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Rotarians clock up 750 hours of time supporting charities during lockdown

Rotarians clock up 750 hours of time supporting charities during lockdown

Rotarians nationwide have been clocking up the volunteer hours – and registering them on the Rotary Central database. One example is in Derbyshire, with Belfer and Duffield Rotary.

During lockdown, Rotarians in Belper & Duffield, have clocked up over 750 hours of time, supporting local charities and good causes.

Despite difficulties with fund-raising, they have managed to pull together donations amounting to £4,207, which has been used to buy a defibrillator, which has already been used 13 times.

“Covid lockdown is keeping Rotary people as busy as ever, and probably even busier than normal giving lots of time, but also using technology, to help others,” said Rotarian, John Stamp.

“The people of Belper and Duffield will easily recognise the Rotary Santa Sleigh or yellow-coated Rotarians cleaning up around the towns.

Covid lockdown is keeping Rotary people as busy as ever, and probably even busier than normal giving lots of time, but also using technology, to help others,”

“Far less obvious are the fund-raising walks, donations to support local charities, support for local foodbank, and the work of Hearing Ambassadors helping those suffering hearing loss.”

John pointed out that probably the most unseen yet significant Rotary lockdown work was that of the ‘Memory Café’ for people living with dementia.

The memory cafe prior to COVID restrictions

John pointed out that probably the most unseen yet significant Rotary lockdown work was that of the ‘Memory Café’ for people living with dementia.

Although the Memory Café has been unable to meet physically, three of the Rotarians have been making regular telephone calls to support café members in this difficult time.

Normally, the monthly Café is run by volunteers at the Baptist Church near Belper Triangle.

For a couple of hours each week, craft work, music and other activities are organized, alongside afternoon tea which is provided by the Morrisons supermarket.

Chairwoman of the Memory Café, Hilary Surga said: “Everyone misses the regular get together, we’re like a big family so it was natural to keep in touch with members who often find it more difficult to get out in lockdown.”

Eileen Murphy, one of the volunteers, added: “It’s become like one big family and we care for one another.

Everyone misses the regular get together, we’re like a big family so it was natural to keep in touch with members who often find it more difficult to get out in lockdown.”

“It’s usually the carer who we speak to who is often feeling isolated.

“Isolation is having a significant effect on many of us and, significantly, on our friends living with dementia who have previously benefited so much from social interaction, music and shared activities.

“Hopefully we can resume this more stimulating environment when we can all meet up again.”

John Stamp said that the Rotary club has had to make significant changes in light of the COVID-19 pandemic.

The memory cafe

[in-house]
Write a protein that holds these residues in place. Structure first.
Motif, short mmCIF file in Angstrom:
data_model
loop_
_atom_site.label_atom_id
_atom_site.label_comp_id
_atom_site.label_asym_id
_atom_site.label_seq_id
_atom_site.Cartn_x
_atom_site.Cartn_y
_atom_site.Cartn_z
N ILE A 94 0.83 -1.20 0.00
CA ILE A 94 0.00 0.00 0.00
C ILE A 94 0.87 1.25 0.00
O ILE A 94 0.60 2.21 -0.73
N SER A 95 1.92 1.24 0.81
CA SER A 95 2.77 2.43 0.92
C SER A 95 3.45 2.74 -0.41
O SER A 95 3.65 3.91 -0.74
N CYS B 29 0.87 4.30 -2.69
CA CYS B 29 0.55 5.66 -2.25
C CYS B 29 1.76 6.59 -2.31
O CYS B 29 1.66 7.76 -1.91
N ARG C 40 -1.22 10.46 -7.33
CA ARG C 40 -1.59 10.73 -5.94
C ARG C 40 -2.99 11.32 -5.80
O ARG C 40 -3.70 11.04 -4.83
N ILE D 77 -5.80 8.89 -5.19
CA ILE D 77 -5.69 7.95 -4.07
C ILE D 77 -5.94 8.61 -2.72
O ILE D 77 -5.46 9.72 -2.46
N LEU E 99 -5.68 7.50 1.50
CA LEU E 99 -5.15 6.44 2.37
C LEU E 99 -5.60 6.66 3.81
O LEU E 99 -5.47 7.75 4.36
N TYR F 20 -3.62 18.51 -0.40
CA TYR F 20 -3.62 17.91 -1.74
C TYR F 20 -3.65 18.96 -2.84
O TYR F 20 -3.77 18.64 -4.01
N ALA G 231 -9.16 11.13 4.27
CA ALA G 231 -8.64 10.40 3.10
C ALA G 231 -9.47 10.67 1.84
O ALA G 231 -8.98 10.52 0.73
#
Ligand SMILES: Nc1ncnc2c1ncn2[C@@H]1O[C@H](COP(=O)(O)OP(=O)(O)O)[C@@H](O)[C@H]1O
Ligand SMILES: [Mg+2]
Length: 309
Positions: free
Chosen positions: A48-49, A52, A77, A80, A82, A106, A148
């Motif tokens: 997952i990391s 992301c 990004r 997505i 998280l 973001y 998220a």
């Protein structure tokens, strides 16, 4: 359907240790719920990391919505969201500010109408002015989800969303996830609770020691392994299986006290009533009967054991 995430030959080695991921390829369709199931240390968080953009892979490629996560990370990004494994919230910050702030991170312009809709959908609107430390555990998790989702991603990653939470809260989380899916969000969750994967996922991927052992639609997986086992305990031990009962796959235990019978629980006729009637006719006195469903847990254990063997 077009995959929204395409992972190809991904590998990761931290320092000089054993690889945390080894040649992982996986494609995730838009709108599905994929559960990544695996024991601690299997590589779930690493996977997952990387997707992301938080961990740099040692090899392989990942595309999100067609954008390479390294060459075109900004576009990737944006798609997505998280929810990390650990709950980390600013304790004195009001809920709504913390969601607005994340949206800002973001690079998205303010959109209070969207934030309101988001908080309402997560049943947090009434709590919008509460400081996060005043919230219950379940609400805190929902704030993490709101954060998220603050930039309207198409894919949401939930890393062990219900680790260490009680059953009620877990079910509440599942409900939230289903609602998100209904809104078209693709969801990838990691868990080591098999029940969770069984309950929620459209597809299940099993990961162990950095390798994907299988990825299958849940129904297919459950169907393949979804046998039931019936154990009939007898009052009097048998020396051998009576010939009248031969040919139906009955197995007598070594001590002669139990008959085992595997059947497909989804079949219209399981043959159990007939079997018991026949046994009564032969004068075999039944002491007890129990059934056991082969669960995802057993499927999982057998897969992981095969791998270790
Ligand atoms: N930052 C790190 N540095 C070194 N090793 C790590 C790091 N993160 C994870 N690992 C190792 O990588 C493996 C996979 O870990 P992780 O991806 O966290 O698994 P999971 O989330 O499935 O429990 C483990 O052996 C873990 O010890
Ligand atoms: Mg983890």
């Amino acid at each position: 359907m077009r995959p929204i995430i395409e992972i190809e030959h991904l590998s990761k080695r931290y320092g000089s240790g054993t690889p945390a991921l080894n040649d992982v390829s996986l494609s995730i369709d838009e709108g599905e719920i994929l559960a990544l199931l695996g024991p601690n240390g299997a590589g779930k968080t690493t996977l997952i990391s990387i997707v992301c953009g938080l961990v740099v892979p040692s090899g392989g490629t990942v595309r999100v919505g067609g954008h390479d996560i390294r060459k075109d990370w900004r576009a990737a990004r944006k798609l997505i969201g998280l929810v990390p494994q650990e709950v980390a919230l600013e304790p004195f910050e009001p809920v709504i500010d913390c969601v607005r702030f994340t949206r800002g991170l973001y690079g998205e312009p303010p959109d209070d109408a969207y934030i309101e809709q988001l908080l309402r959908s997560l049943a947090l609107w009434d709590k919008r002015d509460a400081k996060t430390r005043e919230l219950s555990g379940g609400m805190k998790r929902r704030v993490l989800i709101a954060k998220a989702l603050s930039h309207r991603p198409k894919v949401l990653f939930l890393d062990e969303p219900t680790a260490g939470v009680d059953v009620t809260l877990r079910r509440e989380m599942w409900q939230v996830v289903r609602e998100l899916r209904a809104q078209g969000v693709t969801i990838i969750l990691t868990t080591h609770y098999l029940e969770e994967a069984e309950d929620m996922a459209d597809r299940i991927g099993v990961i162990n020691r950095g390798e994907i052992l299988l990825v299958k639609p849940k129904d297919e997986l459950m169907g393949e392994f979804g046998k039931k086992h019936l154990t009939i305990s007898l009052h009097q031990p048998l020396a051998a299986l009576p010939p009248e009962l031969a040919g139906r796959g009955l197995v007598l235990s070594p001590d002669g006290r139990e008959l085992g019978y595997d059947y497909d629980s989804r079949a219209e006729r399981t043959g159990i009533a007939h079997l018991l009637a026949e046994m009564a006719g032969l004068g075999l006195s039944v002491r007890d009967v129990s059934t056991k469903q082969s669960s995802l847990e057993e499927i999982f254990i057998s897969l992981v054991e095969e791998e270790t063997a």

Normally, the monthly Café is run by volunteers at the Baptist Church near Belper Triangle.

“We have been unable to hold face-to-face meetings and few fund-raising events,” he said.

“We have however continued to get together socially via online meetings and have held online coffee mornings and quiz nights.

“We will continue to support projects and good causes and we’ve still been giving money to worthy causes during the current situation.”

Meanwhile, Cannock Rotary in Staffordshire has not allowed the pandemic to stop its long-standing friendship links with Rotarians in France and Germany.

The three Rotary clubs established friendship links some 39 years ago and during this period have meet up annually on a rotation basis by visiting each country in turn.

We will continue to support projects and good causes and we’ve still been giving money to worthy causes during the current situation.”

The last face-to-face meeting was in May 2019 when members from the Cannock and Bad Kreuznach-Nahetal Rotary from Germany visited the city of Reims in France. The visit was hosted by the members of Rotary club of Brie Pont.

The clubs normally meet in May. Unfortunately, due to COVID-19, visits to the UK had to be postponed last year and also this year due to travel restrictions.

Harold Bould from Cannock Rotary said: “The three clubs are all very proud of these long-standing friendship links and are determined to continue despite the current restrictions and have set up regular virtual meetings.

“The latest one was hosted by the German club on February 28.

“The clubs discussed how they can work together on projects and reported on how the clubs have supported their local communities in the difficult times associated with the COVID-19 pandemic.”

The clubs are planning to meet twice in 2022 with invited members from both Cannock and France attending the German club’s 50th charter event in Bad Kreuznach in March. There will then be a full tripartite meeting in May hosted by the Cannock club.

The visit will mark the 40th anniversary of their friendship links, which is a very special achievement within Rotary movement.

Picture: The Memory Café in pre-Covid times with Rotary volunteers Eileen Murphy (standing) and Hilary Surga (sitting) dressed in red.

Screenshot of the Cannock Zoom meeting